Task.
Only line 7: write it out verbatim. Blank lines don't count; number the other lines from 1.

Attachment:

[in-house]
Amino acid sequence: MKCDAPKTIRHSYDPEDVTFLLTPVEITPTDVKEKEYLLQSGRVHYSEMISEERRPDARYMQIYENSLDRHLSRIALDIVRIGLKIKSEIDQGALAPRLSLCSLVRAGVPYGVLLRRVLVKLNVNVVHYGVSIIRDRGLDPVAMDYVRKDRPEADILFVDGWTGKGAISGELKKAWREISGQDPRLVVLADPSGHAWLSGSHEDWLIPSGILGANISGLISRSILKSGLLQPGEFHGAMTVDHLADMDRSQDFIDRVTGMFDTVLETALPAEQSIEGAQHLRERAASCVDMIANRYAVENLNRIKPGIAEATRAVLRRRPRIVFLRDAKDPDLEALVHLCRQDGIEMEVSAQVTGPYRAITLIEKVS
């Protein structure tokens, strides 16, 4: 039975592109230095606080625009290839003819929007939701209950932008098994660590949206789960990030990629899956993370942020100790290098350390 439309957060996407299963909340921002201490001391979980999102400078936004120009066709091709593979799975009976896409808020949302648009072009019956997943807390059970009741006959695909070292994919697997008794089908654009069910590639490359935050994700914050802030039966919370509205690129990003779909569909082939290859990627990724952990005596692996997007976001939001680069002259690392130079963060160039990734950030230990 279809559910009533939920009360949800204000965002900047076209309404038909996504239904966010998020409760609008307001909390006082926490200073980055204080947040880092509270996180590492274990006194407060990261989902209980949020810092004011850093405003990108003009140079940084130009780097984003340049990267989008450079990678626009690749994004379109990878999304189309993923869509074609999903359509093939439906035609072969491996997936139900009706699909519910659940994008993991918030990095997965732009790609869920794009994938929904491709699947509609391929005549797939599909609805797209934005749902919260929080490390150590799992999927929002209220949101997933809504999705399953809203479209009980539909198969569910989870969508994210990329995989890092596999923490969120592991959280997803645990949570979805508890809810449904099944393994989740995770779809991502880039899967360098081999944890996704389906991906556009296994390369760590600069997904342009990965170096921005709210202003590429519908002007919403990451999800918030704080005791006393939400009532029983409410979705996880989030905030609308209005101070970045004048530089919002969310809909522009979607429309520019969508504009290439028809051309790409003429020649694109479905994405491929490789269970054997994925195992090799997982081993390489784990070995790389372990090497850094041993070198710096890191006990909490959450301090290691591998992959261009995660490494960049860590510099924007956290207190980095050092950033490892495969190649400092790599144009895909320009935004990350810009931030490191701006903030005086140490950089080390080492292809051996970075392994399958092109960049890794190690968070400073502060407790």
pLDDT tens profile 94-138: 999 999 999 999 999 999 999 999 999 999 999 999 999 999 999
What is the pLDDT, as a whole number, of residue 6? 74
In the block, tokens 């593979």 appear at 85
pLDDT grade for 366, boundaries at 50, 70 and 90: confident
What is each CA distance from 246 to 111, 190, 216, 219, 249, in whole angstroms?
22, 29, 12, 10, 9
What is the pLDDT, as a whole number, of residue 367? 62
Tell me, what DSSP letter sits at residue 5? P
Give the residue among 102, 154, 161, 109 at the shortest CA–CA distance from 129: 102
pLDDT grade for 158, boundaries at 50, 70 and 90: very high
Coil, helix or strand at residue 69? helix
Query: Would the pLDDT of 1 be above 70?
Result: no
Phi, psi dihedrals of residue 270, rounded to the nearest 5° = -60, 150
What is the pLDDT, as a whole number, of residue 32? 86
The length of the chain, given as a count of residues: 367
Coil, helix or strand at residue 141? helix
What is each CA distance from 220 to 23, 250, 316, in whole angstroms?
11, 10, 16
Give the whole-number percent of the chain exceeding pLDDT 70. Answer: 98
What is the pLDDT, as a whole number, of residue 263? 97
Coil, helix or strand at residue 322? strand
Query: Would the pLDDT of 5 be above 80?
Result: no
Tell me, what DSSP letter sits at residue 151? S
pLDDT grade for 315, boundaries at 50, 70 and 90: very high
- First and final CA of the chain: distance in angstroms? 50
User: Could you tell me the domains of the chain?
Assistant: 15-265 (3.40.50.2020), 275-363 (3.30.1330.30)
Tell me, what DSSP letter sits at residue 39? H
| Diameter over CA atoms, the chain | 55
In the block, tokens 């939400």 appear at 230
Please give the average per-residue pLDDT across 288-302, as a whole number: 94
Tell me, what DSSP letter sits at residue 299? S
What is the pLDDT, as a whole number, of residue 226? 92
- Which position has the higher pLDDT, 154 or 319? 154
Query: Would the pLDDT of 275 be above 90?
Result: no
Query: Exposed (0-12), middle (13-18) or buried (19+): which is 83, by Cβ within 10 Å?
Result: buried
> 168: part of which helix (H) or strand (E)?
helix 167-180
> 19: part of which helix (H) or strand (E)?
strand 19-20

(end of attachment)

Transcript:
pLDDT grade for 366, boundaries at 50, 70 and 90: confident